By Richard Brooks, Iconic Divestment Coordinator at 350.org
As oil is begins flowing through the completed Dakota Access Pipeline, it’s time to ask more questions about who has blood oil on their hands and who holds responsibility for this violation of Indigenous rights.
Obviously it’s the pipeline companies. There are a handful behind the DAPL, lead by Energy Transfer Partners. Then there are the banks who financed the pipeline and remain linked to it despite calls from hundreds of thousands to cut their ties. There are seventeen banks.
And then there are the owners of the pipeline companies like: the state of New York’s pension plans.
To the tune of about $400 million dollars.
The $175 billion state pension plans helpfully and annually publish a full accounting of their investments in different companies. As a shareholder, New York state’s pension system partially ‘owns’ these companies. And it’s not too much of a stretch to say that if you partially own something, you are at least partially responsible for how that company acts: how it respects Indigenous Rights (or doesn’t), how it protects water and the environment (or doesn’t), how it engages with those who want the company to act differently (cue rubber bullets, tear gas, stun grenades and guard dogs).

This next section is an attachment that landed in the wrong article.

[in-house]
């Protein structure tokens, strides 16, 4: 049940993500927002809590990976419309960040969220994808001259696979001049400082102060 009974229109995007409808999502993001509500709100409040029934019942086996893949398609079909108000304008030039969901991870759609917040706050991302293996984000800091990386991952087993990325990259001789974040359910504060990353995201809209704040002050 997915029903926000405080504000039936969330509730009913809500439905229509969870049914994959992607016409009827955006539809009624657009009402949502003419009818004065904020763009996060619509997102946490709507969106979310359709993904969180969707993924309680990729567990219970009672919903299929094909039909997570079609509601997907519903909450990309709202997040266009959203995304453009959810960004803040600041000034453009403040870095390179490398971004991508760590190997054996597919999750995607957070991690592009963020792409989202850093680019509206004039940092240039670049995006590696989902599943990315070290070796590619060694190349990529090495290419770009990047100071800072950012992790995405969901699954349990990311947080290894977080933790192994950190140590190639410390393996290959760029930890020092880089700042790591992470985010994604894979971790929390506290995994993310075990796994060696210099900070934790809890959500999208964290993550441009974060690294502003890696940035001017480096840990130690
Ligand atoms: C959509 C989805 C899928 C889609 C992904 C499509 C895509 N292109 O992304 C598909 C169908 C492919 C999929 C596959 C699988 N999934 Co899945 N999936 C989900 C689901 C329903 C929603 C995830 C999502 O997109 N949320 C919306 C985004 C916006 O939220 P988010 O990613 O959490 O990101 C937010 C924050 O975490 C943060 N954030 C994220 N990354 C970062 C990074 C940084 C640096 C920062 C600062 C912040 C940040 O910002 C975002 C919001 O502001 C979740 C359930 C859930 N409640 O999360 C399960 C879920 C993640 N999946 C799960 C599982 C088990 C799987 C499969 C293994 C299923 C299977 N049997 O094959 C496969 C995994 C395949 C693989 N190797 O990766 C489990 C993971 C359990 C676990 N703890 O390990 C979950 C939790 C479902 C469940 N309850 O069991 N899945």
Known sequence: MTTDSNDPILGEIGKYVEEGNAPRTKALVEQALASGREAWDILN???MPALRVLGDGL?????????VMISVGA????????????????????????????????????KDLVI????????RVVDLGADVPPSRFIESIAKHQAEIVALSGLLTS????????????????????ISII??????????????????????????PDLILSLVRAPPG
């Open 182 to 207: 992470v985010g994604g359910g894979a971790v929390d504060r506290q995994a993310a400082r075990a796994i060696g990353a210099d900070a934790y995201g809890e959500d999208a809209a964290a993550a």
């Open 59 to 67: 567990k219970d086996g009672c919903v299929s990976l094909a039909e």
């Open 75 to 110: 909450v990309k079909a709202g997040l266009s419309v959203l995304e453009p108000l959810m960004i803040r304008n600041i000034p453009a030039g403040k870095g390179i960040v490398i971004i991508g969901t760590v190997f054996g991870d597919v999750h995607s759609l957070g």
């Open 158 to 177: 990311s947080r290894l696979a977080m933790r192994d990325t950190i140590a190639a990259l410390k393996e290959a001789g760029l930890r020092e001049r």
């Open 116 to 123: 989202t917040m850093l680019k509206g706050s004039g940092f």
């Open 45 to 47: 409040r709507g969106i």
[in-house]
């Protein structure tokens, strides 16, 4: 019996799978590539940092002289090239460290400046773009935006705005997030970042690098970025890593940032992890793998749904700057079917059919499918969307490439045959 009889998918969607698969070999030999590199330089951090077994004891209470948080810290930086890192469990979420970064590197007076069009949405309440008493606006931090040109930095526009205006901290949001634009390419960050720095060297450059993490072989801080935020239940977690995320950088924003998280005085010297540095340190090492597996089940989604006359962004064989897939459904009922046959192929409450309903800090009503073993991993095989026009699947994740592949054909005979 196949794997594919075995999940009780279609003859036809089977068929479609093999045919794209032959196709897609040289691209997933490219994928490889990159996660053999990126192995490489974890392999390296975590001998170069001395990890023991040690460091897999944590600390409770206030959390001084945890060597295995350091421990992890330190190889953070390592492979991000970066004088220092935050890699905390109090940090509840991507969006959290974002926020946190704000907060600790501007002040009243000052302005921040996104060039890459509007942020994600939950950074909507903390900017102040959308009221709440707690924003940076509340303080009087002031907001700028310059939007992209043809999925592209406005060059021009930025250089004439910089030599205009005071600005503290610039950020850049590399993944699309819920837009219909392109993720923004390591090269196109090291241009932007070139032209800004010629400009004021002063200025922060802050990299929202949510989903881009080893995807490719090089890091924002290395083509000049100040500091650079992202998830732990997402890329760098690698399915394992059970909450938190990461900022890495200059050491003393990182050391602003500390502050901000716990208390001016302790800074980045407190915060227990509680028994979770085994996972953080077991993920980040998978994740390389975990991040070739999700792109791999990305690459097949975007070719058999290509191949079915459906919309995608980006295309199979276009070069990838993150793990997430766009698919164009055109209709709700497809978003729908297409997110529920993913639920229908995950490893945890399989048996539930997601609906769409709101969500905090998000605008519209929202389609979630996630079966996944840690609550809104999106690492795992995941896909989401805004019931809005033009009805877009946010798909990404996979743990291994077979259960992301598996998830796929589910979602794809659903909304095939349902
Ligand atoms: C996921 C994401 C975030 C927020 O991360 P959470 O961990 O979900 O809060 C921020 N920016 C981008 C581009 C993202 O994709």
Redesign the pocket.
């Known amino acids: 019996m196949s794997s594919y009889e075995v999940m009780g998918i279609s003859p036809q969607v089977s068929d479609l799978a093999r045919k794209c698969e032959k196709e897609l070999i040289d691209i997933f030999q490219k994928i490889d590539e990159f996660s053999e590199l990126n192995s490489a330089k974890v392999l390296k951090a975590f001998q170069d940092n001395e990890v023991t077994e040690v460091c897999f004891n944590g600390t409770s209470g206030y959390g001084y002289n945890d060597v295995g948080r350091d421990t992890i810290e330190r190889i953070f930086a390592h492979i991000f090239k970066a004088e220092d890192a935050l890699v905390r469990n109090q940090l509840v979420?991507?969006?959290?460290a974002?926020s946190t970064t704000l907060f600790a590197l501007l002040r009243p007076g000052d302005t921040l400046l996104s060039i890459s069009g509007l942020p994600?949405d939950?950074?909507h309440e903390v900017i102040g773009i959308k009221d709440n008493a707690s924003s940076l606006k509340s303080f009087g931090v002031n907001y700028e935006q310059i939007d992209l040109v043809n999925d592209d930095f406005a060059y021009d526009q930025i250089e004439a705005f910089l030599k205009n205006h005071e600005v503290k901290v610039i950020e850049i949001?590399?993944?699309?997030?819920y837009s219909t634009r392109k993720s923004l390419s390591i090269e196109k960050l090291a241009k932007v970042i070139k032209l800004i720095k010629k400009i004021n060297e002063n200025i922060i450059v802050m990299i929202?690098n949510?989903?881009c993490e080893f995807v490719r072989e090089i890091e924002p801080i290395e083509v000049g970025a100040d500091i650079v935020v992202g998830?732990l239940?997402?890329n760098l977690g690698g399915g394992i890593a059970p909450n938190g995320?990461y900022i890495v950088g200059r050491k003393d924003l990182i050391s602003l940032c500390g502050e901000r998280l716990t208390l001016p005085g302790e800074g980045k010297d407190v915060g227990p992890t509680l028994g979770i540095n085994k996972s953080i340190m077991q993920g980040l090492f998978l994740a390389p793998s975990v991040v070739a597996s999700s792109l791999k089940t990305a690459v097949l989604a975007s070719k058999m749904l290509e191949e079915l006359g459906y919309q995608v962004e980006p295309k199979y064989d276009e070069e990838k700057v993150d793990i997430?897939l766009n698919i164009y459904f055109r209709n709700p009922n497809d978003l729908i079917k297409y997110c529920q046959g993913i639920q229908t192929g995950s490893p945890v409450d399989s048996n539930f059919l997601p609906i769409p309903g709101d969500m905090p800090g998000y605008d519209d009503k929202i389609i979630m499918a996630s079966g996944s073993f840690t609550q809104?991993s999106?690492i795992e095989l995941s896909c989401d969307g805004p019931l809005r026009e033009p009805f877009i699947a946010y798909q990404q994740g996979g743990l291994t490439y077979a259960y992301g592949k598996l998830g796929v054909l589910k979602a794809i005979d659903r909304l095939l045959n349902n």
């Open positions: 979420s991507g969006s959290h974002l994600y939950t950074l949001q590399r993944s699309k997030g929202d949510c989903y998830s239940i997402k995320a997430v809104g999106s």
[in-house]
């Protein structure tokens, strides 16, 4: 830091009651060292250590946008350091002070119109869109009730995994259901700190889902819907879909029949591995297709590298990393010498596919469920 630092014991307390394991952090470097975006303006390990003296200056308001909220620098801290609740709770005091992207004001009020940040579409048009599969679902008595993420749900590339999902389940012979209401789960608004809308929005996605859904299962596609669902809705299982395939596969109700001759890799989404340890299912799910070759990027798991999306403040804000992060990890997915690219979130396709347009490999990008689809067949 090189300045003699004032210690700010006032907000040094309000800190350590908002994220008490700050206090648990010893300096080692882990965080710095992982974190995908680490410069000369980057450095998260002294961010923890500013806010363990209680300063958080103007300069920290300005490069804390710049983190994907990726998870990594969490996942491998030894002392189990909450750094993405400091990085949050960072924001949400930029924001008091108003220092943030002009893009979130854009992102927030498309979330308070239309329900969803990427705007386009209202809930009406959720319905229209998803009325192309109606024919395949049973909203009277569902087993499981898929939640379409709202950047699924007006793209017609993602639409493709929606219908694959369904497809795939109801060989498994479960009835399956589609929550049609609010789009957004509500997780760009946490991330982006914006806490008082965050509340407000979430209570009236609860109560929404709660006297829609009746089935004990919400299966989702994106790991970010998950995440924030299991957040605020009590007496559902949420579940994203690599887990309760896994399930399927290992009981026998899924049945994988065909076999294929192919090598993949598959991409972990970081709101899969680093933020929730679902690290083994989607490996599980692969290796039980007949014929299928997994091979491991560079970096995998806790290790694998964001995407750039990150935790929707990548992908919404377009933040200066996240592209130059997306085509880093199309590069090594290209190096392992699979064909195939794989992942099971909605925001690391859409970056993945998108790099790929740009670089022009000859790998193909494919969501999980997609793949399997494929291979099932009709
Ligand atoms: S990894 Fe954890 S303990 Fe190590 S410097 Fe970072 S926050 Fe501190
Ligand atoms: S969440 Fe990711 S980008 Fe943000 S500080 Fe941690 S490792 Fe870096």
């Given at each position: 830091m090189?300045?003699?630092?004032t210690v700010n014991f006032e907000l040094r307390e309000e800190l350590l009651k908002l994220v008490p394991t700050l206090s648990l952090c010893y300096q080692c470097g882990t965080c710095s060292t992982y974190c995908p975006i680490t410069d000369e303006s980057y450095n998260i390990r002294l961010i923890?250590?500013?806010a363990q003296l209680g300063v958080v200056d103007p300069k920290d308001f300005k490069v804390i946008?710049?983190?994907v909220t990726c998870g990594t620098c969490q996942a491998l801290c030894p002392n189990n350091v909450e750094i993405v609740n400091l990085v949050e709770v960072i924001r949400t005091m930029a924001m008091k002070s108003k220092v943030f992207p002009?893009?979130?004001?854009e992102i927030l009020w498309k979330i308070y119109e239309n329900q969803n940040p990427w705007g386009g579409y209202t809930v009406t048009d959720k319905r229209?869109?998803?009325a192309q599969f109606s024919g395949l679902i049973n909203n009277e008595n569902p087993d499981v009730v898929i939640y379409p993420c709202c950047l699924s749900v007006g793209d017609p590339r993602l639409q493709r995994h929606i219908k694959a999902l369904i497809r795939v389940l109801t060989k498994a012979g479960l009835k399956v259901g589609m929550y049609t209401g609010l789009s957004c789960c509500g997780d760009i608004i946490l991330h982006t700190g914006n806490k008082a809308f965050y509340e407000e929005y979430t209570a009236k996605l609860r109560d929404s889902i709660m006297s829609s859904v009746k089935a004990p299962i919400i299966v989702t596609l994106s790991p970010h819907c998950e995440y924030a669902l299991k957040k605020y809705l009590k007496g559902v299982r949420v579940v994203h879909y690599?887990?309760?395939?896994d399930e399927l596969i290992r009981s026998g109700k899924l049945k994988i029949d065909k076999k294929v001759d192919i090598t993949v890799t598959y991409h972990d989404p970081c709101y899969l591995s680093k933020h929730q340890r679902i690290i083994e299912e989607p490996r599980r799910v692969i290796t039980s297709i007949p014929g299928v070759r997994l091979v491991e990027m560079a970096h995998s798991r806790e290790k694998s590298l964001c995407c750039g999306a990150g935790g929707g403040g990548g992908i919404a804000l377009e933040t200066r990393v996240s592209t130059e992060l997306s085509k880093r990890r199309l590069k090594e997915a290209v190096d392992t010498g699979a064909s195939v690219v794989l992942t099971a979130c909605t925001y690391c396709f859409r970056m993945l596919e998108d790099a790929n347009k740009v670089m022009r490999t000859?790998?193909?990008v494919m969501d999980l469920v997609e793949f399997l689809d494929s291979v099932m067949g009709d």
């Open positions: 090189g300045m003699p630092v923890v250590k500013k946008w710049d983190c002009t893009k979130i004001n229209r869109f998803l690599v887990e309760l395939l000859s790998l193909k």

We know of 6 pipeline and infrastructure companies that are part of the partnership behind the Dakota Access Pipeline. The NY State pensions own 4 of them. These aren’t banks financing the project, these are the builders of the pipeline, the ones who own it and will reap the (blood) money rewards if it is profitable.
The NY State pension plans owns:
$15 million of Enbridge
$93 million of Marathon Petroleum
$90 million of Energy Transfer Partners
$209 million Phillips 66
For a grand total of over $400 million dollars.
One person is ultimately responsible for deciding the future of these investments – to keep owning the fossil fuel companies behind this pipeline (and others) or divesting and sending a message that the NY State pensions will respect Indigenous Rights and keep our waters clean. He’s the elected state comptroller and his name is Thomas DiNapoli.
Engagement and letters to these companies or their banks ain’t working. And it’s a shirking of responsibility, an attempt to punt accountability.
By continuing to own fossil fuel companies to the tune of over $12 billion, the state pension funds, remain complicit in the human rights and environmental crimes and transgressions these companies cause.
It’s time for the state to divest from DAPL companies as a first step towards full fossil fuel divestment.